The last several weeks have been surreal. For us, and for many of our farming friends around the world (those that we know “in real life” and those that we know through social media), the uncertainty of recent events is coupled with the knowledge that our farms must continue. Beasties need cared for, projects need to be completed, equipment needs maintained, plans for the growing season need to be made. Lots of needs to take care of! And because we have the blessing and good fortune to both work from home, things happening off the farm take on an almost dream-like quality. My family and friends are rightfully concerned about their employment and the needs of their children/elders. We are all concerned about the local/state/national/global consequences. And none of us know how long this will last.
I made a grocery run the other day. Although people were feeling the emotional effects of what is happening, most everyone was polite and patient as we waited at the deli and meat counters, looked over the canned and frozen goods, and waited again to check out. The local IGA grocery only has three check-out lanes, and carts were at least five deep at each lane. The young lady running the lane I was in kept apologizing for the delay, so I told her she was going a fantastic job, and none of this was her fault. We still have to “stock up on compassion,” as one Facebook meme said.
Life on the farm continues, and some significant (to me, at least!) things have happened recently. One of those things is we emptied the barn of about ¾ of the hay bales that we had. That may seem puzzling, but this is hay that was baled in the summer of 2018 when we still had the cattle, who eat a LOT of hay. And waste a lot of hay, as well. We sold the cattle spring of 2019, and still had a barn full of round bales. Sheep and goats definitely don’t eat the quantity of hay that cattle do, and as this has been a milder winter than usual, we knew that there would be way too much hay. Put an ad up on Craigslist, run the numbers to know how much to keep on hand (to get us through to the summer 2020 hay harvest), and “adios” to the rest. It’s shocking at how big the barn looks now!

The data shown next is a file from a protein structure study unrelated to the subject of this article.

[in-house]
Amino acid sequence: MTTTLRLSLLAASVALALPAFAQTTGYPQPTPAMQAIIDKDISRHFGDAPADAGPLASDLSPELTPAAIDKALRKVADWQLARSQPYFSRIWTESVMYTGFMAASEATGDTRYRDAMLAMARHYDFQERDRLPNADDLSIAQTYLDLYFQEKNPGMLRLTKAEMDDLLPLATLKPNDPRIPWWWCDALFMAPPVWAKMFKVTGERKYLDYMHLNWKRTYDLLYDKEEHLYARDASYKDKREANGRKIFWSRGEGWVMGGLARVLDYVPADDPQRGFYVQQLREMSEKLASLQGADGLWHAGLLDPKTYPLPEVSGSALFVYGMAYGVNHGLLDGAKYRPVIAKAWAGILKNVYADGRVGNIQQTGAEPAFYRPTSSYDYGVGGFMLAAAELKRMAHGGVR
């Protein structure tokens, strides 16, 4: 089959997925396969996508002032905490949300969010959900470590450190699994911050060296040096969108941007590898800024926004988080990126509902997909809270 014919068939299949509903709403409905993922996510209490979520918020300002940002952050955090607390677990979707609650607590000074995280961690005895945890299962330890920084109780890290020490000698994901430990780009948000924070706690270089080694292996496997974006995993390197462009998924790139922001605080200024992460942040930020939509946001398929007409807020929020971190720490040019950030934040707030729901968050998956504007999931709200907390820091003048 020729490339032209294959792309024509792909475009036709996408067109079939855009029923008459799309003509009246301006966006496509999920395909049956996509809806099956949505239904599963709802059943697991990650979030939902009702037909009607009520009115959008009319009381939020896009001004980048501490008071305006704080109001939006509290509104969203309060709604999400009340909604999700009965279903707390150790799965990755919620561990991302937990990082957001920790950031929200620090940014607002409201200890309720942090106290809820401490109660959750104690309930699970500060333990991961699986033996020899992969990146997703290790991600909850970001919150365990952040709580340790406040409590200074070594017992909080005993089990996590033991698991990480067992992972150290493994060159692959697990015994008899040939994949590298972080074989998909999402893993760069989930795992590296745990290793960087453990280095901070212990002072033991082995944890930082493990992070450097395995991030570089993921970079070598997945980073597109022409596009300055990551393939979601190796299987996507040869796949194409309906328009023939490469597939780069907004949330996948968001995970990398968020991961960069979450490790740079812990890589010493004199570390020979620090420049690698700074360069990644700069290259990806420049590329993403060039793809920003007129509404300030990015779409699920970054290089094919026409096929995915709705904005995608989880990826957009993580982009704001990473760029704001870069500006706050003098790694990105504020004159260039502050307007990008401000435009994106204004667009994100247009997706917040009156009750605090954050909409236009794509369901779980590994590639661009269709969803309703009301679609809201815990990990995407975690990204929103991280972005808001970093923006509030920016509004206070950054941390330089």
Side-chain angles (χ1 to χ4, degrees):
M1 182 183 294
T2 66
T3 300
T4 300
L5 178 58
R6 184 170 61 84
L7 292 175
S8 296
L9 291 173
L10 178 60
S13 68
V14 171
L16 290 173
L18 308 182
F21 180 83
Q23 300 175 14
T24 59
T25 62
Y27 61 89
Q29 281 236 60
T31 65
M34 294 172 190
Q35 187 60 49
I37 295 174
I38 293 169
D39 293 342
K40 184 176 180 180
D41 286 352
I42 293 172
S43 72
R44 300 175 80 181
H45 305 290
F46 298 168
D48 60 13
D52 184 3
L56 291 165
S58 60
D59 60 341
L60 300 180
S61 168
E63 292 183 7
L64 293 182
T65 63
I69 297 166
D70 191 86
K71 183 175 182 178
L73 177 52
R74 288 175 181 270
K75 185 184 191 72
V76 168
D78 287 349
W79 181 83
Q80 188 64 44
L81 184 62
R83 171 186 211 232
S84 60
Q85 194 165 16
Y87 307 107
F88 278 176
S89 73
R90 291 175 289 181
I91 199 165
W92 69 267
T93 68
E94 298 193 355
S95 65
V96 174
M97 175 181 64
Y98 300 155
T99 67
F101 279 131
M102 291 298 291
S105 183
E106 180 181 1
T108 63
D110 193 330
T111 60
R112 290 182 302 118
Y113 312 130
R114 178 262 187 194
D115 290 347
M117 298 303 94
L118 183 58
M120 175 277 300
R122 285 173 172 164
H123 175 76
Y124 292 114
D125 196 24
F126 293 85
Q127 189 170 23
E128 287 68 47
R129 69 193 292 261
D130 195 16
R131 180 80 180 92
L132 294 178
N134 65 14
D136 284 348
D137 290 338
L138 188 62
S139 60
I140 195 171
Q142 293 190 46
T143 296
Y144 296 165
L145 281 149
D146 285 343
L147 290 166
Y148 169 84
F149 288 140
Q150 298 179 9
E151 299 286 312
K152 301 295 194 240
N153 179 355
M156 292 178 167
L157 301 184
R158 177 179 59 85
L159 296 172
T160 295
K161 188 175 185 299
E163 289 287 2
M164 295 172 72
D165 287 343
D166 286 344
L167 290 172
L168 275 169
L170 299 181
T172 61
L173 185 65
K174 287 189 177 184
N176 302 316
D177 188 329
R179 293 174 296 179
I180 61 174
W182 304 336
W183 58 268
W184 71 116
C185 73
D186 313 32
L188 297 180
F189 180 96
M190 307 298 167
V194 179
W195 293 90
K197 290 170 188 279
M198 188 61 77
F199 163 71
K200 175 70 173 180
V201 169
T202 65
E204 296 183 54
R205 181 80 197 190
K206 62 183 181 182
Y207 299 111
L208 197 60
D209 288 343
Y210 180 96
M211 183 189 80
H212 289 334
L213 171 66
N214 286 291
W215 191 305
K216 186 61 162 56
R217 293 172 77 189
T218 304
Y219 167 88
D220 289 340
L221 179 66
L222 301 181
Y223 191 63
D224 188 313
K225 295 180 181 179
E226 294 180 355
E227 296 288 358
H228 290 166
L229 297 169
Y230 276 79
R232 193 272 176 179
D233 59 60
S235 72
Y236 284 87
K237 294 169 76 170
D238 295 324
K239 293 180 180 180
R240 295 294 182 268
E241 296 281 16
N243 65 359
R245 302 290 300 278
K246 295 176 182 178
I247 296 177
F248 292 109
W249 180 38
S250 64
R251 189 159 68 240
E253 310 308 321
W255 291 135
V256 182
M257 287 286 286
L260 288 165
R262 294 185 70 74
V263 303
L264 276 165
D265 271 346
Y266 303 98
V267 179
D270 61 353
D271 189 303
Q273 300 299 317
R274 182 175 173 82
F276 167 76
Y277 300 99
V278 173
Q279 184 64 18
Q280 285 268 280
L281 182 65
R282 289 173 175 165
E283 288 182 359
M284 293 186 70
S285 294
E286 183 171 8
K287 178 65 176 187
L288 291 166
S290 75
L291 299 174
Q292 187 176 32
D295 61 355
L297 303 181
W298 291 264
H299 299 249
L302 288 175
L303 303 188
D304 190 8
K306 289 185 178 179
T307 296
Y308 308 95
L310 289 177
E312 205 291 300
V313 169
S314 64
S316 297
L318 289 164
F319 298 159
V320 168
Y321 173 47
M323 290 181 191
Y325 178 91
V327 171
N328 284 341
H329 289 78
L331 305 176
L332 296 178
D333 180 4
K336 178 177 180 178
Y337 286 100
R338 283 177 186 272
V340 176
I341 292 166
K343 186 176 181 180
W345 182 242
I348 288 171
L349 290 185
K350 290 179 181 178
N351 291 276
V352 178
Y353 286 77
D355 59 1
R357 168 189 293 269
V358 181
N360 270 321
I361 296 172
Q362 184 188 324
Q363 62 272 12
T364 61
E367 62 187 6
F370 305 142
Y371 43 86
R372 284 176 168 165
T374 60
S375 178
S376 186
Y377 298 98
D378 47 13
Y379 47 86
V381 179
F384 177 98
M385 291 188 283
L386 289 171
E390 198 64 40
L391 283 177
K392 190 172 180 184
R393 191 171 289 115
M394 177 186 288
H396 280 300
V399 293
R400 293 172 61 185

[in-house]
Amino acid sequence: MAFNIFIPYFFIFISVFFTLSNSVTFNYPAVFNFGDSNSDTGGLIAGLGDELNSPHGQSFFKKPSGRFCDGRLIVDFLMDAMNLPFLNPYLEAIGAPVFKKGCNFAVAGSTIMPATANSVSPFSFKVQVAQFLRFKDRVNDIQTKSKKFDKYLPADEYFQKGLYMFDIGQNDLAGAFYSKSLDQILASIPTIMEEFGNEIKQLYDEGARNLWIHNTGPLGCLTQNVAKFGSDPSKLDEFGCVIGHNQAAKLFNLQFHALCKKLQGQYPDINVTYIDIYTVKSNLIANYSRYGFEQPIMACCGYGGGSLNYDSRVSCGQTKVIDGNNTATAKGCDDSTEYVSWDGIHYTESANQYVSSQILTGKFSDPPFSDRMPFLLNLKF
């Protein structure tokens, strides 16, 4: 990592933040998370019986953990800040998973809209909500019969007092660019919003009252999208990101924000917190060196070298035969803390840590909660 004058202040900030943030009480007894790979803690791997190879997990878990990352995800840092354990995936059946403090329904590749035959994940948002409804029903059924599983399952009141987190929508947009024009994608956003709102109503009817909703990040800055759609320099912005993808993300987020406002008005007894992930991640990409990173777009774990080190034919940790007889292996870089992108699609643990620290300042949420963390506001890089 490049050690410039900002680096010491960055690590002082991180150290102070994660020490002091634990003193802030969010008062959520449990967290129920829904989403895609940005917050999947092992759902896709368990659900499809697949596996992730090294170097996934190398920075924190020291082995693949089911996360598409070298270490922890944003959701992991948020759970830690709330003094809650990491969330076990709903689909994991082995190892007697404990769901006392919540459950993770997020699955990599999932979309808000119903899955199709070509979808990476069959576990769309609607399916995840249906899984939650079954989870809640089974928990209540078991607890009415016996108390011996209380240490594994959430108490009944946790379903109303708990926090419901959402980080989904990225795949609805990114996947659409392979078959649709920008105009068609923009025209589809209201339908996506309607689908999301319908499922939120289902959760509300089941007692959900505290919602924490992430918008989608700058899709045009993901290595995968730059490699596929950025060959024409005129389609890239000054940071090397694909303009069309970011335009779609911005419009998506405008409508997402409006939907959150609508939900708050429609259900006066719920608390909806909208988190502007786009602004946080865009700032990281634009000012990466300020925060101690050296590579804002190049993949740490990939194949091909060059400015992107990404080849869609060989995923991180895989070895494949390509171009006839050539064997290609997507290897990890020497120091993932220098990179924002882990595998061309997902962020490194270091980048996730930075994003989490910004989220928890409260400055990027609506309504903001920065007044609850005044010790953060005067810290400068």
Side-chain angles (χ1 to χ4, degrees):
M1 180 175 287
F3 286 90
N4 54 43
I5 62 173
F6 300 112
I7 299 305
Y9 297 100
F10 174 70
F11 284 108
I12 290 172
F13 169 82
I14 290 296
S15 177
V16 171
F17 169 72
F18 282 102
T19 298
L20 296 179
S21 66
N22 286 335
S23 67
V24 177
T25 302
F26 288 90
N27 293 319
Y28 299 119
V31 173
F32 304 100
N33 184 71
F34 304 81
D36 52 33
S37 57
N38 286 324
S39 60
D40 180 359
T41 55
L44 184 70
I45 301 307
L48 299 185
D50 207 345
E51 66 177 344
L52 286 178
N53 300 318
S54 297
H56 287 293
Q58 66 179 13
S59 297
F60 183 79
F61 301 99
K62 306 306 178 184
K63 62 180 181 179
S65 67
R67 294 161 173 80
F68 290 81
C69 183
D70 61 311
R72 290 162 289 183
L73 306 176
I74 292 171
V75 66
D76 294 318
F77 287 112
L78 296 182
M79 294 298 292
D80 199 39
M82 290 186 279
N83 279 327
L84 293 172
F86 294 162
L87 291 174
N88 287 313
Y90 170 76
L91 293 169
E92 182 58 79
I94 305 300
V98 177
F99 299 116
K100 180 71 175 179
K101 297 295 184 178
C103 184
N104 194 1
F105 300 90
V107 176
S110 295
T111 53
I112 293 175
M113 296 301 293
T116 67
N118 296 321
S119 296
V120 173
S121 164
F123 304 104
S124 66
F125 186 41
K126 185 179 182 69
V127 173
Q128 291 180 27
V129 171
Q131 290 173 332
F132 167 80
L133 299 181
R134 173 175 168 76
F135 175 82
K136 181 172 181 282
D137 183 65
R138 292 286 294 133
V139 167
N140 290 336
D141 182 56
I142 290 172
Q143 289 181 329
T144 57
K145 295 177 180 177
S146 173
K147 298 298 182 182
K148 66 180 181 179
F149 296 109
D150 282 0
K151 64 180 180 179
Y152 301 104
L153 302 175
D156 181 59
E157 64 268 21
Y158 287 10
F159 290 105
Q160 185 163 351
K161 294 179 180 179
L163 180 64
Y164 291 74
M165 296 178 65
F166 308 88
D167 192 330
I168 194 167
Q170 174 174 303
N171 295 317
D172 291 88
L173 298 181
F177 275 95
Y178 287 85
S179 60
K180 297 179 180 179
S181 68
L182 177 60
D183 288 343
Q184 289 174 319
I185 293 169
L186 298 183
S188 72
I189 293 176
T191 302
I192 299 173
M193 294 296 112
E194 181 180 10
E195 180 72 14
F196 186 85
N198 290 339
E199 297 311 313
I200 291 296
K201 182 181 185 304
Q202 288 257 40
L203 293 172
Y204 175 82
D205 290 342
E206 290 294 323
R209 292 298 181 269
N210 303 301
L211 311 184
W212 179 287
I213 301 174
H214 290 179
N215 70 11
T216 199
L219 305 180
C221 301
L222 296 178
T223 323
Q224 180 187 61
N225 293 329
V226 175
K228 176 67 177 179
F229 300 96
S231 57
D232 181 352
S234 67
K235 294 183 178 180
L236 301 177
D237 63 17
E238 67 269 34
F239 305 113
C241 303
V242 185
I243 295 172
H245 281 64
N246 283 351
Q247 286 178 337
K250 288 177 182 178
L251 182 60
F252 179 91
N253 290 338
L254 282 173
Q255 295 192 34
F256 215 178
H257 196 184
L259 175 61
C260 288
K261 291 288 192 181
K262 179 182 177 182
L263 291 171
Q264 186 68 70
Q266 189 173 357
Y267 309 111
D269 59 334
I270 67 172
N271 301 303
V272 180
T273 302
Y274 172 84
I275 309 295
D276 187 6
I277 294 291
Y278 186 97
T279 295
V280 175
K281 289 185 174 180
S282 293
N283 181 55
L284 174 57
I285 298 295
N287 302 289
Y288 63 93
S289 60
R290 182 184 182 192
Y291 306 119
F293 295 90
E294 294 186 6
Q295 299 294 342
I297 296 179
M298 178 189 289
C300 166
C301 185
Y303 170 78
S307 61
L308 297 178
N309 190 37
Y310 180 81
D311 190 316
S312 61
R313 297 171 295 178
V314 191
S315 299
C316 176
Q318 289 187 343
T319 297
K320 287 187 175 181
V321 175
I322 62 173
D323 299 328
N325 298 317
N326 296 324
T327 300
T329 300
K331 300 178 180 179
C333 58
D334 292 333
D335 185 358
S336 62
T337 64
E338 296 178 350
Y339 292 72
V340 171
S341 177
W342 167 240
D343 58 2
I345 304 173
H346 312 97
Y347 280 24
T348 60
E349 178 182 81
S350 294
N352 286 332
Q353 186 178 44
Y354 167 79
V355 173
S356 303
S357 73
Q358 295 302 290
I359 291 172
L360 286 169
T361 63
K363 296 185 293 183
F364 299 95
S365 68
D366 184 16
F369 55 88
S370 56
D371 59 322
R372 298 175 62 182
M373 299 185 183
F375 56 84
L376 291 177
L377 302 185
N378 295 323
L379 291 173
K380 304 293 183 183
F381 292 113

After several starts, stops, and restarts, we’ve decided that the hair sheep just don’t fit into our plan for the farm, so we will be focusing on the Shetland wool sheep for my fiber business, and the Kinder goats for meat and milk. One post on a Facebook group for sheep, and a lovely family from northeast Ohio drove down to pick up all of my hair sheep ewes and lambs for their flock. Can I just say how much less stressful it is to load sheep than it is to load cattle? I don’t even think my blood pressure elevated! Now I will be focusing even more on raising quality Shetland sheep with good fleeces for spinning into yarn. If you’re interested in fiber, check out my site studioatinnisfree.com It’s a bit sparse (except for yarn) right now, but will be bursting at the seams with fleeces after shearing happens in April!
The crocus are blooming, so spring is still on the way, even though it snowed about 3” a few days ago (it didn’t last long on the ground, and made it a muddy mess). Shetland lambs will be arriving at any time, and the grass is greening up. Some starlings are building a nest in the maple tree outside my window, and it has been exhausting to watch them fly back and forth to get bits of hay, sticks, chicken feathers, and other nest-building materials. These birds are hard-working! I will be starting a whole pile of seeds (lots of things that can be pickled or fermented!) this week and I’m excited to be gardening again. I’m sure that tune will change in June when the temperatures are rising and the weeds are high, but there is joy in watching tiny seeds sprout. Not quite as exciting as lambs, but very close!
The temperatures are slowly rising, and the natural world is waking up – I hope you are able to join me outside and enjoy early spring!